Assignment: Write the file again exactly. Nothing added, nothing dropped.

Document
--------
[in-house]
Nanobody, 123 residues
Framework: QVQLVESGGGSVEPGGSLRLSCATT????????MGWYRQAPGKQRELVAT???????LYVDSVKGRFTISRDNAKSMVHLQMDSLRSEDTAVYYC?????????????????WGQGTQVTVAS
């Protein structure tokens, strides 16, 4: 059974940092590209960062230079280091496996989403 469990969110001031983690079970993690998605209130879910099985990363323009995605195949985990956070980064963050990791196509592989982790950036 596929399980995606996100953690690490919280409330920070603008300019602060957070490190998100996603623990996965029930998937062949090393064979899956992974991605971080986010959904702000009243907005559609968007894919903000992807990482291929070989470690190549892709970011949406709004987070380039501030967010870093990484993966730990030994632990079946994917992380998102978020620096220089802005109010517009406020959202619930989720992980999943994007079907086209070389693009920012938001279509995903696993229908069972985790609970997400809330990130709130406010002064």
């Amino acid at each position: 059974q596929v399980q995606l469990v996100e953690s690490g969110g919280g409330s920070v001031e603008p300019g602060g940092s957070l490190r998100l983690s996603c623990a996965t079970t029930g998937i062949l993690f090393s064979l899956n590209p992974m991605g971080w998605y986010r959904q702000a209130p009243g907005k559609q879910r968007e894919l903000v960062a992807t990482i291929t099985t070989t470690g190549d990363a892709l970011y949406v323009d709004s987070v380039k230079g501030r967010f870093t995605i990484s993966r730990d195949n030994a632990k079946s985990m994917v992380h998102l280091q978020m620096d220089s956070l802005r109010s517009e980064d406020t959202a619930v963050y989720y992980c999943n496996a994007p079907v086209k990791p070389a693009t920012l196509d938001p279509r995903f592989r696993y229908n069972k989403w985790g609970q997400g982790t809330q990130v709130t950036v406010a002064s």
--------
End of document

[in-house]
Nanobody, 123 residues
Framework: QVQLVESGGGSVEPGGSLRLSCATT????????MGWYRQAPGKQRELVAT???????LYVDSVKGRFTISRDNAKSMVHLQMDSLRSEDTAVYYC?????????????????WGQGTQVTVAS
């Protein structure tokens, strides 16, 4: 059974940092590209960062230079280091496996989403 469990969110001031983690079970993690998605209130879910099985990363323009995605195949985990956070980064963050990791196509592989982790950036 596929399980995606996100953690690490919280409330920070603008300019602060957070490190998100996603623990996965029930998937062949090393064979899956992974991605971080986010959904702000009243907005559609968007894919903000992807990482291929070989470690190549892709970011949406709004987070380039501030967010870093990484993966730990030994632990079946994917992380998102978020620096220089802005109010517009406020959202619930989720992980999943994007079907086209070389693009920012938001279509995903696993229908069972985790609970997400809330990130709130406010002064």
């Amino acid at each position: 059974q596929v399980q995606l469990v996100e953690s690490g969110g919280g409330s920070v001031e603008p300019g602060g940092s957070l490190r998100l983690s996603c623990a996965t079970t029930g998937i062949l993690f090393s064979l899956n590209p992974m991605g971080w998605y986010r959904q702000a209130p009243g907005k559609q879910r968007e894919l903000v960062a992807t990482i291929t099985t070989t470690g190549d990363a892709l970011y949406v323009d709004s987070v380039k230079g501030r967010f870093t995605i990484s993966r730990d195949n030994a632990k079946s985990m994917v992380h998102l280091q978020m620096d220089s956070l802005r109010s517009e980064d406020t959202a619930v963050y989720y992980c999943n496996a994007p079907v086209k990791p070389a693009t920012l196509d938001p279509r995903f592989r696993y229908n069972k989403w985790g609970q997400g982790t809330q990130v709130t950036v406010a002064s």